Visual C# 2010 Breaking Changes

Visual Studio 2010

The following table lists breaking changes in Visual C# 2010 that might prevent an application that was created in Visual C# 2008 from compiling, or that might change its run-time behavior.

Category

Issue

Description

Assembly binding

Assembly binding treats two assemblies as equivalent.

C# 2010 applications that reference both the .NET Framework version and the .NET Framework for Silverlight version of a particular reference assembly at the same time, and that also use extern alias, cause compiler errors. By default, the assembly binding treats the two assemblies as equivalent.

To resolve the error, use the /appconfig compiler option to specify the location of an app.config file that disables the default behavior by using a <supportPortability> tag. For more information, see /appconfig (C# Compiler Options).

If you are building an application by using Microsoft Build Engine (MSBuild), add the appropriate tag to the .csproj file.

Covariance and contravariance

A new implicit conversion is added for generic interfaces and delegates such as IEnumerable<T> and Func<TResult>.

Generic interfaces and delegates such as IEnumerable<T> and Func<TResult> now have an implicit conversion for generic type arguments. For example, in C# 2010, IEnumerable<string> can be implicitly converted to IEnumerable<object>, which might cause different behavior in the following scenarios.

  • Checking type compatibility by using the is keyword.

    IEnumerable<string> strings = 
        new List<string>();
    if (strings is IEnumerable<object>)
        Console.WriteLine("True");
    else
        Console.WriteLine("False");
    // Prints different results.
    // C# 2008: False
    // C# 2010: True
    
  • Overload resolution. C# 2010 picks a method that has a generic argument that satisfies variance rules, whereas C# 2008 always chooses a non-generic argument.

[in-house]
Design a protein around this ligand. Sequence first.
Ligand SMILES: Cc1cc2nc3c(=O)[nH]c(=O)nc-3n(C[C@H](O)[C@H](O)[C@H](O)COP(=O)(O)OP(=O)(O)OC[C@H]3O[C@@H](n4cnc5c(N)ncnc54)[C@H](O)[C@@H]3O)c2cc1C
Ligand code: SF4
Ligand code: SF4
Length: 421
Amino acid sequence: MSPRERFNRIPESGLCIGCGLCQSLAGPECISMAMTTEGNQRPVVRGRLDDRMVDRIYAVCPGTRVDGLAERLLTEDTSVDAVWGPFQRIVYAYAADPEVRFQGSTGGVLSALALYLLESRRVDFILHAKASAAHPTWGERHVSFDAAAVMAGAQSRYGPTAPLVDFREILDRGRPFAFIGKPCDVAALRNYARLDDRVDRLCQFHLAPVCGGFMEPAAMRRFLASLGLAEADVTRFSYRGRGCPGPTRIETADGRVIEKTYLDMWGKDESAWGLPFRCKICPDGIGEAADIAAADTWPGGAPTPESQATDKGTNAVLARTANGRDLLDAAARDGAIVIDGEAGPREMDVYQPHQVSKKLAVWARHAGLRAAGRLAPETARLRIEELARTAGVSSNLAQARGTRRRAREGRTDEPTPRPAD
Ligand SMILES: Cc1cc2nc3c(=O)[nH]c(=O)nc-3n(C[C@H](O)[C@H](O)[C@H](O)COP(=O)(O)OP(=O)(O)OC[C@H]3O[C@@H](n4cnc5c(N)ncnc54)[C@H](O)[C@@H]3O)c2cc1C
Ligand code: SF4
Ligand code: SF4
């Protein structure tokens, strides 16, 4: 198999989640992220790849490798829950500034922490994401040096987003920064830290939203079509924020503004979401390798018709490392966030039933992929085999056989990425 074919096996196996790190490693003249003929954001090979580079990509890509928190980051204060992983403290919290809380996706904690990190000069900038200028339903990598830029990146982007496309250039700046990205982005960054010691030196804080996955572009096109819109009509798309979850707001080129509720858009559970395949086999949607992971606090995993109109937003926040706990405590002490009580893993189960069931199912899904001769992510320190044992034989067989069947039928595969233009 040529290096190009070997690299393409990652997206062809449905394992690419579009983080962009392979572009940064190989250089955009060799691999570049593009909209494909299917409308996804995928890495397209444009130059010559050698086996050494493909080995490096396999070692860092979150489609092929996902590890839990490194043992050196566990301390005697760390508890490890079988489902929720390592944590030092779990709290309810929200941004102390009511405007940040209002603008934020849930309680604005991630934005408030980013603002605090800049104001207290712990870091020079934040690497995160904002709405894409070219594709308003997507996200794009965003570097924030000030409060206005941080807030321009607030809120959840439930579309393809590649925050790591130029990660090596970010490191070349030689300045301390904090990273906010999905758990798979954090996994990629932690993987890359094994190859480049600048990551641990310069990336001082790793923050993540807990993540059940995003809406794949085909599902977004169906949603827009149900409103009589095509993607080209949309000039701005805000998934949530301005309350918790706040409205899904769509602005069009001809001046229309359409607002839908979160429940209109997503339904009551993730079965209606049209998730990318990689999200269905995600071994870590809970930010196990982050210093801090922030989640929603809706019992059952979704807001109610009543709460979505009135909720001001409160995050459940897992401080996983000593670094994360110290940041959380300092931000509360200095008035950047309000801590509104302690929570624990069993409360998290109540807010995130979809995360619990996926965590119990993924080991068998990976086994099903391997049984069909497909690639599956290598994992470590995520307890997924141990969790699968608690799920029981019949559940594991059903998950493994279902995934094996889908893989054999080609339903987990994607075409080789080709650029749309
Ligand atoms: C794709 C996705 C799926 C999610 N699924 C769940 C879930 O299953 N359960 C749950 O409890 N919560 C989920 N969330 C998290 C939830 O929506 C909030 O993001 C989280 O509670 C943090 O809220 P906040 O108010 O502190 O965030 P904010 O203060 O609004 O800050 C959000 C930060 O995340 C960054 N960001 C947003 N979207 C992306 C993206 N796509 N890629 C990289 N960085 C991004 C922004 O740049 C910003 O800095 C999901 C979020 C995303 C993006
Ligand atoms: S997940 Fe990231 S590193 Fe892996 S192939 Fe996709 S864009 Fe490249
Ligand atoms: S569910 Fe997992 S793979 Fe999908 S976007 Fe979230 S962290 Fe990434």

class Program
    {
        public static void Test(IEnumerable e)
        {
            Console.WriteLine("IEnumerable");
        }
        public static void Test(IEnumerable<object> e)
        {
            Console.WriteLine("IEnumerable<object>");
        }
        static void Main(string[] args)
        {
            Test(new List<string>());
            // Prints different results.
            // C# 2008: IEnumerable
            // C# 2010: IEnumerable<object>
        }
    }
    

For more information, see Covariance and Contravariance (C# and Visual Basic).

Null-coalescing operator

The null-coalescing operator (??) does not allow unassigned local variables.

In C# 2010, you cannot use unassigned local variables as operands on the right side of the null-coalescing operator, even if the operand on the left side is guaranteed not to be null.

For example, the following code compiles and C# 2008 but produces Compiler Error CS0165 in C# 2010.

int? i;
int? j;
int? x = (i = 2) ?? j;

Method group type inference

The compiler can infer both generic and non-generic delegates for method groups, which might introduce ambiguity.

In C# 2008, the compiler cannot infer generic delegates for method groups. Therefore, it always uses a non-generic delegate if one exists.